Prior to arriving at Westworld: Live Without Limits Park, I’d signed a quick release that warned me about, among other things, “sound effects, sudden movements, knife-throwing, stunt fighting involving firearms, horses, uneven terrain, surfaces, and wooden structures.” That all turned out be true.

There was, for example, an old guy repeatedly throwing a large knife into wood stumps. There were numerous disinterested horses (I bet they were very confused), fighting, shooting and the occasional fake death.

It was like a fun Western town, except for the persistent element of weirdness that ran through the enterprise like a swollen vein. Occasionally, a host would glitch and either freeze in place or stutter.

Even when the hosts performed normally (there are 60 of them, along with 6 stunt people), they were not really connecting with guests as much as they were running scripts. When I walked back into the bar almost an hour after my first visit, the same prostitute approached me earlier stepped in front of me and repeated the line, “What brings you here?”

HBO is playing here with the best and core premise of the show, that the illusion of control is just that. The robots are performing their tasks adroitly, except when they’re not. Westworld is not Disneyland. It’s a fun house mirror house of horrors.

Lost shogun.

There was also a puzzle element to the whole enterprise, though I don’t think I ever fully grasped what it was all about. Some people got handed coins, others were told that the cowboy hats we’d been given might have something special inside.

The best bit, though, were the letters. Everyone who registers gets a physical piece of mail, complete with their hand-scripted name on it. Mine was a love letter of sorts that literally degraded into code: the robots feel love and it appears to be destroying them.

The Park also offers glimpses of the machinations behind the fantasy curtain. In one space, we saw a technician working on an unfinished robot. It was all white and sinewy. In the second bar, we found a shogun warrior, clearly a host that had wondered off Shogun World into this park.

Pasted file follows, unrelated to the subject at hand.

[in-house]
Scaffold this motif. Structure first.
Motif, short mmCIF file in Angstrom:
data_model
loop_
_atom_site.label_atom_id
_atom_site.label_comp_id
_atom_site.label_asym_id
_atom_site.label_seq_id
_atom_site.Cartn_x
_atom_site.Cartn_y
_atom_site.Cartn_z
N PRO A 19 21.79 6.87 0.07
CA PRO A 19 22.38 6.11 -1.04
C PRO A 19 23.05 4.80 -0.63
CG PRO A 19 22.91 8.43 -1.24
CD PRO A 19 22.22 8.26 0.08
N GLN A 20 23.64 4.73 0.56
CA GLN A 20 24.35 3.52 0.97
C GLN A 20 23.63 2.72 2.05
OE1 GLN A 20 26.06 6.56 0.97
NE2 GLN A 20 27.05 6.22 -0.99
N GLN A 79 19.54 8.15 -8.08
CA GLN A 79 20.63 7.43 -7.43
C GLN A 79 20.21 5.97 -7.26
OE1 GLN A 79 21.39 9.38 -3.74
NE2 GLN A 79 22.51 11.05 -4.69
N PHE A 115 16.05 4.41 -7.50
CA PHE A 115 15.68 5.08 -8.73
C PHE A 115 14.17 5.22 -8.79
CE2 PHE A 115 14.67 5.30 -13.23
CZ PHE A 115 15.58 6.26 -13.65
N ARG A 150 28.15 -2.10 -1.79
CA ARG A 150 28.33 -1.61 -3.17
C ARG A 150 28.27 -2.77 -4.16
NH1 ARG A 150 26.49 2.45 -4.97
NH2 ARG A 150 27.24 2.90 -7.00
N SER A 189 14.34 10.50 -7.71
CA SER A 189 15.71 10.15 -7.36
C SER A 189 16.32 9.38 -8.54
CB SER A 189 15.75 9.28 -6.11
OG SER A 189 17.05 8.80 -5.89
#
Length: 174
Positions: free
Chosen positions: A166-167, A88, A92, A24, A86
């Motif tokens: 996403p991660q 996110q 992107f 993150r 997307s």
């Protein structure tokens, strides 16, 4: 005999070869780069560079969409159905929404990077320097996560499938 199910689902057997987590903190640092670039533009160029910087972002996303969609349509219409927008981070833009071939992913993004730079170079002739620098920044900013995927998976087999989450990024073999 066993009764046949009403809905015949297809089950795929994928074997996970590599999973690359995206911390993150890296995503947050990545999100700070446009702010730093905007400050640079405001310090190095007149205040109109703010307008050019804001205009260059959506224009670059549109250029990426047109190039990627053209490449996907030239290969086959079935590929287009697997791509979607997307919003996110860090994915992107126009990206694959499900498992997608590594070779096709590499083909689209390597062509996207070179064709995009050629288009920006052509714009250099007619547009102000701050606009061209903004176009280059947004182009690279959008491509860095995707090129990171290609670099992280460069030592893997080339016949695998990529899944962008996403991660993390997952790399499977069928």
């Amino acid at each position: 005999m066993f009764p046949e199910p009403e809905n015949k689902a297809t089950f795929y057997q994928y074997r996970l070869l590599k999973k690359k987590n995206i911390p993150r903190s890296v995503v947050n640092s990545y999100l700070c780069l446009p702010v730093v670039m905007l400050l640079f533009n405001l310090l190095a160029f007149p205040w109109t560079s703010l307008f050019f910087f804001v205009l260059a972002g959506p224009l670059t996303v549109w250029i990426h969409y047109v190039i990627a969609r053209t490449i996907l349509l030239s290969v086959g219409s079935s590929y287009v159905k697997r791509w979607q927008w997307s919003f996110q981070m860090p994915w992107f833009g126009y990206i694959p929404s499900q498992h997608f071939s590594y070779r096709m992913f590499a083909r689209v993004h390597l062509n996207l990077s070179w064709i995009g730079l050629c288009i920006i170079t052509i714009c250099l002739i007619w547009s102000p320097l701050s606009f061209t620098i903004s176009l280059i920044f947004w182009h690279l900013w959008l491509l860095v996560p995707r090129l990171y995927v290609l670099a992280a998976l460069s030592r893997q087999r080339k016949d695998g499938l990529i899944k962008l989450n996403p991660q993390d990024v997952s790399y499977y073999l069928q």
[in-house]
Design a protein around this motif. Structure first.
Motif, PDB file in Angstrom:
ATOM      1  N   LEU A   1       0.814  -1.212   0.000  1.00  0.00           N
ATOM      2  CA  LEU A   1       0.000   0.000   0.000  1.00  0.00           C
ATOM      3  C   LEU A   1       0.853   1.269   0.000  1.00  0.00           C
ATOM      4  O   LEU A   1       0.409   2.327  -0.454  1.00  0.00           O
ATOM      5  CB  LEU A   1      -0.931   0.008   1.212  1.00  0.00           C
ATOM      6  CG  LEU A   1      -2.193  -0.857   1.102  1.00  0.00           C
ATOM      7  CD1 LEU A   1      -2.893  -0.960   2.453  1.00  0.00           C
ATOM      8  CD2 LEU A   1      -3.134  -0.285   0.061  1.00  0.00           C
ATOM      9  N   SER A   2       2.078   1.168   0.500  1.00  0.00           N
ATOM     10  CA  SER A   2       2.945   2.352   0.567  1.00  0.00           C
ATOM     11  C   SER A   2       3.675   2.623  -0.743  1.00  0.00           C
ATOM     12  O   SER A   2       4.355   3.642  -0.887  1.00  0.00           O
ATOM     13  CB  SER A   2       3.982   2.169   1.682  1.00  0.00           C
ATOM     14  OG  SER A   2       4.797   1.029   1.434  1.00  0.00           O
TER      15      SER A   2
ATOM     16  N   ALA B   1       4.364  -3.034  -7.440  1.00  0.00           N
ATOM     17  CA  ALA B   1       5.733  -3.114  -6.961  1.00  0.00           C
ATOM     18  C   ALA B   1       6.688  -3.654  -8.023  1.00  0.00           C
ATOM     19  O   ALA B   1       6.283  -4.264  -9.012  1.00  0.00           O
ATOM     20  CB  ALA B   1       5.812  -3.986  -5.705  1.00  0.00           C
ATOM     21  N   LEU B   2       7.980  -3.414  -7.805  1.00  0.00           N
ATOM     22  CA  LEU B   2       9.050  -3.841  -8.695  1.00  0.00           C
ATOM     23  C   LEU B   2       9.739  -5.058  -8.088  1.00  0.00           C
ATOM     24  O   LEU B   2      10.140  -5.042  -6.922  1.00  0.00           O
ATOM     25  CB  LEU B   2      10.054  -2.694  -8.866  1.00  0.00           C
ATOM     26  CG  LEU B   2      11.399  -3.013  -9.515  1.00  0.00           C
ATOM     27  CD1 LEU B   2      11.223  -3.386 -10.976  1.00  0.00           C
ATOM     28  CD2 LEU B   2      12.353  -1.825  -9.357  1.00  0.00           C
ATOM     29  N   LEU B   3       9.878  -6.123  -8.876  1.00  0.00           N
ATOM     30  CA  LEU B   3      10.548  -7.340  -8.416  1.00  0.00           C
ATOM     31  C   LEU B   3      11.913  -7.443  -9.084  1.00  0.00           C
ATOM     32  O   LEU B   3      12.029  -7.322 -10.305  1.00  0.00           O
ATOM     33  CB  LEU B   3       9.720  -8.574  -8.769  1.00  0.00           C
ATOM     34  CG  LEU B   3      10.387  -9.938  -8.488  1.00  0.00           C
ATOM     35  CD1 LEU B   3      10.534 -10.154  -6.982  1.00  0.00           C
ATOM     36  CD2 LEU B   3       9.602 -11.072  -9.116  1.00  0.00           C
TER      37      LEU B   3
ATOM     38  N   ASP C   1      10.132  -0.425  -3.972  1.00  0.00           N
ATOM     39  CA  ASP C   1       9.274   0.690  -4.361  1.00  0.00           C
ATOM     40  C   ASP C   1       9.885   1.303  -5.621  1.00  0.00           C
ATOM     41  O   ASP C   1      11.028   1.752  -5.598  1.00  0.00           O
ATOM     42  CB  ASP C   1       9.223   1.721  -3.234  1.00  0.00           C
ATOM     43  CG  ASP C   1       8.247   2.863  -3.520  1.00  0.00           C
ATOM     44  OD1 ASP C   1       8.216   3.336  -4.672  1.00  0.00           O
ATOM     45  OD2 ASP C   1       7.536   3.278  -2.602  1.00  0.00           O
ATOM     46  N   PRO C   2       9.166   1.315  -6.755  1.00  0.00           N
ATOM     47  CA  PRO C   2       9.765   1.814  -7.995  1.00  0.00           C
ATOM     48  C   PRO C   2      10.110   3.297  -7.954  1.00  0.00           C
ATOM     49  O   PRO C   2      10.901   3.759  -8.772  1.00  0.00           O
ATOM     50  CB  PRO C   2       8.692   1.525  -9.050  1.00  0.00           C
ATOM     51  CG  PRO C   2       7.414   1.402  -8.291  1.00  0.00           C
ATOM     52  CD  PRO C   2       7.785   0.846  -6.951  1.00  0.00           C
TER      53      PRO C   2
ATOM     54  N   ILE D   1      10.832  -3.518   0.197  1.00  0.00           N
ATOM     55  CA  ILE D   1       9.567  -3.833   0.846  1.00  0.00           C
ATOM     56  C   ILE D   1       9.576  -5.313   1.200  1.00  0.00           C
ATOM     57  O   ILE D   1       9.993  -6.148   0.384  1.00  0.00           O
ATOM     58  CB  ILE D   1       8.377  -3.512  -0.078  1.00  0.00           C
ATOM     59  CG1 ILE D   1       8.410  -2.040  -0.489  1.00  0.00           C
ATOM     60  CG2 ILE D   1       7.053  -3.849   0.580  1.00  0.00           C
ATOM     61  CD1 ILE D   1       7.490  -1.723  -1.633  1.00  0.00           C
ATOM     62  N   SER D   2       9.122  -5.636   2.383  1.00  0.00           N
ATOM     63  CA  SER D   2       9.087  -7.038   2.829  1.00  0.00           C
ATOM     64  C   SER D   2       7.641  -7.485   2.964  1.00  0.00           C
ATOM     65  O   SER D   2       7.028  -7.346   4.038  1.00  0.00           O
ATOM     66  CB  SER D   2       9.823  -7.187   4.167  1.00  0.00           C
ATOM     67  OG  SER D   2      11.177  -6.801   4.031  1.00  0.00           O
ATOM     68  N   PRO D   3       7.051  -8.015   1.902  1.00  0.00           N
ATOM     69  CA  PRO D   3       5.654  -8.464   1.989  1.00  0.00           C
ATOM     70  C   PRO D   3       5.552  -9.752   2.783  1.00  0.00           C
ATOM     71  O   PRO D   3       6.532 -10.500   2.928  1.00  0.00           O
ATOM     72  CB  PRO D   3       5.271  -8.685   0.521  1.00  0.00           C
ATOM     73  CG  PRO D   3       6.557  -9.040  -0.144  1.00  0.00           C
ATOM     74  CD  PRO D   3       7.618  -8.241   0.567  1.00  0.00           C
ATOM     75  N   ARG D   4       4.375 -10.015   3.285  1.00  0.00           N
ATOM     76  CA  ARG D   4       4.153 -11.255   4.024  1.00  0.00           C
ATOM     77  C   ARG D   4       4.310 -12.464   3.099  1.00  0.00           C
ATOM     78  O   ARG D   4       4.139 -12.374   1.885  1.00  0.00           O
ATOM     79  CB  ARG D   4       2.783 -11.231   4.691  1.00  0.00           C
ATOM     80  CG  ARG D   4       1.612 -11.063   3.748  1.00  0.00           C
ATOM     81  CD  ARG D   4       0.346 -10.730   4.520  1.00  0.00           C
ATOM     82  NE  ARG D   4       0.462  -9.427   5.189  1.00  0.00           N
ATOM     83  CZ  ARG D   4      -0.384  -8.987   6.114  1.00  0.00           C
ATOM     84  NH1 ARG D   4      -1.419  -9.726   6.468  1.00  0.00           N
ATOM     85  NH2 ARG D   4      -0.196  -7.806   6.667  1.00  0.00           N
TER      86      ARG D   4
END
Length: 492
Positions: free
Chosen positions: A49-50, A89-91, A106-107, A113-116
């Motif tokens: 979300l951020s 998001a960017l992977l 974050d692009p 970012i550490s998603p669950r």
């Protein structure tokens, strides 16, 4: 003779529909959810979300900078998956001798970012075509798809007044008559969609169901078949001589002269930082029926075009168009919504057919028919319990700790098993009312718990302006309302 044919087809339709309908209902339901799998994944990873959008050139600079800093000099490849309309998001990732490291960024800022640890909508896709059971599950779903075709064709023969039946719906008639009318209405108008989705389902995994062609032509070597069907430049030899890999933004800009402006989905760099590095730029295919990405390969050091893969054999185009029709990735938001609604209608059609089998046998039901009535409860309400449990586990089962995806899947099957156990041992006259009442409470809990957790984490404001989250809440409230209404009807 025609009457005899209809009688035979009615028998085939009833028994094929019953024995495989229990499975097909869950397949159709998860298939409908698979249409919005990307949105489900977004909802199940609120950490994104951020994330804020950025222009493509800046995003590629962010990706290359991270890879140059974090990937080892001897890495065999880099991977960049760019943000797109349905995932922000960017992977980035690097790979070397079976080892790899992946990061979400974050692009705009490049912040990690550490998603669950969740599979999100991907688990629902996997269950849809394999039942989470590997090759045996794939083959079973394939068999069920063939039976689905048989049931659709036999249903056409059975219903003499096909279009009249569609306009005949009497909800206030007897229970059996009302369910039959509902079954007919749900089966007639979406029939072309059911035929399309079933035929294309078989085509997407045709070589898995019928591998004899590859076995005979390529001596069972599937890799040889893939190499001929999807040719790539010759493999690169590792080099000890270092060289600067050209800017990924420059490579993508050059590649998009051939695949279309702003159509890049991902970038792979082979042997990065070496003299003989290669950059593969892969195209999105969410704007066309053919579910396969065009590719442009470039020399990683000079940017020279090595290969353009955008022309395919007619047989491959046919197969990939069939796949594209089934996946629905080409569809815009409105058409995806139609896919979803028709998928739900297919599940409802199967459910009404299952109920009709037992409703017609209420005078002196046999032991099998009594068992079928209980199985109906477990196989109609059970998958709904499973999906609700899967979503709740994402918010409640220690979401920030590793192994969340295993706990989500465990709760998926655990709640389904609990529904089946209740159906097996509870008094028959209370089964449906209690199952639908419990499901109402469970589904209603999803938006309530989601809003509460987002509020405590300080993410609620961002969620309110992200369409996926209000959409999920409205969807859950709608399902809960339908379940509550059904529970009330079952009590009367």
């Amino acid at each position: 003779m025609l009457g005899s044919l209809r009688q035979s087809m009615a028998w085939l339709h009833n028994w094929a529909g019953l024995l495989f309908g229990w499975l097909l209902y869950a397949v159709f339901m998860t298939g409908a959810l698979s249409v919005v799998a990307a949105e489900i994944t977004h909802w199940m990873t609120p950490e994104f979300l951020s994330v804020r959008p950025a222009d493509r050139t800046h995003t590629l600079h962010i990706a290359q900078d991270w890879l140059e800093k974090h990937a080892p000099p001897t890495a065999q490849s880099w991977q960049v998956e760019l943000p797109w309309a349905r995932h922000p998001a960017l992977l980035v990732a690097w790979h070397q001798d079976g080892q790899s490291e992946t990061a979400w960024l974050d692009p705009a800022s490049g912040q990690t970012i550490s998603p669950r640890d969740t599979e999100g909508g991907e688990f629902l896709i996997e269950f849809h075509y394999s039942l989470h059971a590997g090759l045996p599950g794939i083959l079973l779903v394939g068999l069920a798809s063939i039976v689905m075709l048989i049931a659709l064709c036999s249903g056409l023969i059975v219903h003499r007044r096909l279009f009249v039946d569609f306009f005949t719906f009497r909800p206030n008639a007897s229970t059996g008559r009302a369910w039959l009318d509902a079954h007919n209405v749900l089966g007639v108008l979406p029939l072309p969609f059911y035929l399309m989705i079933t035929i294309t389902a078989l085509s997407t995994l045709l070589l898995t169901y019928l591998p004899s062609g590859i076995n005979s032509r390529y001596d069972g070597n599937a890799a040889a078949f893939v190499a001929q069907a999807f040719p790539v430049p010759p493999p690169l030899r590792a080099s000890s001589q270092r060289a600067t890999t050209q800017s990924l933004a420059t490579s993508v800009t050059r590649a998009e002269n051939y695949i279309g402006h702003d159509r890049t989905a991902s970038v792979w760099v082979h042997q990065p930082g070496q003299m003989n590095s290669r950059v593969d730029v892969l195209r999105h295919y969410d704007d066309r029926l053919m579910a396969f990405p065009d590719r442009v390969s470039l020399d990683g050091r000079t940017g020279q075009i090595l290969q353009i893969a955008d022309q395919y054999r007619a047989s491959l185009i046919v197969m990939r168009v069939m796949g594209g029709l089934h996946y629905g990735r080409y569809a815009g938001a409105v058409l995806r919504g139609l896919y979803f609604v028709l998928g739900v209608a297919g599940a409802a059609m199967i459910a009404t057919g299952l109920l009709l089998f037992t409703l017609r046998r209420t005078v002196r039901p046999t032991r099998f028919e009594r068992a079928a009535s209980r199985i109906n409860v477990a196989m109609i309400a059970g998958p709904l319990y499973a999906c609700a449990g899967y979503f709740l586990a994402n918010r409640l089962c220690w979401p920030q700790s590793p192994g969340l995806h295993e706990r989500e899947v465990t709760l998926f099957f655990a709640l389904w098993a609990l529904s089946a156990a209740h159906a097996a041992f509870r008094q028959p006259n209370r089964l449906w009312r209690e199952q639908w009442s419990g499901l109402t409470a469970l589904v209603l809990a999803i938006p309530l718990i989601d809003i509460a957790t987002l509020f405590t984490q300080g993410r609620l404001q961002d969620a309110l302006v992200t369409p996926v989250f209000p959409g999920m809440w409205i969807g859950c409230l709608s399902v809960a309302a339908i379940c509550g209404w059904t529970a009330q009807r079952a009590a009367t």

As I wondered around the dirt-and-gravel-covered park, exploring the bank, another bar, and the barbershop, the hosts suddenly announced that a bank robbery was in progress. We all ran to the square where a desperado was facing off with, I think, a lawman.

Someone was shot and there was a lot of confusion, but then a pair of characters stepped forward, two men whom I assumed were also robot hosts, and began hooting and hollering about beating it, “finally beating this narrative.’ It was two actors playing guests. As in the show, they were repeat visitors to the park who’d been trying to beat the part of the broader Westworld narrative for ages.

With that, the Hosts grew rigid — oh it was so odd — and started herding us toward the park exits. Whatever personality the hosts had up to that point drained away.

Even though we were encouraged to spend an hour and a half in the park, our experience was a slightly truncated version. Other visitors will go through a “personality assessment” to determine if they get a white hat (good guy) or a black one (bad guy). Someone just handed me my 10-gallon hat without much fanfare.

Look, I’m already a fan of Westworld and had every intention of watching it again when it returns to HBO on April 22. This park experience didn’t change my plans, but it did make me uneasy. Ever since I first read Michael Crichton’s Westworld in the 1970s and then watched the ground-breaking film, I’ve wanted to travel to Westworld, but when I finally got there, I honestly couldn’t wait to leave. It just felt wrong, which I guess is the point.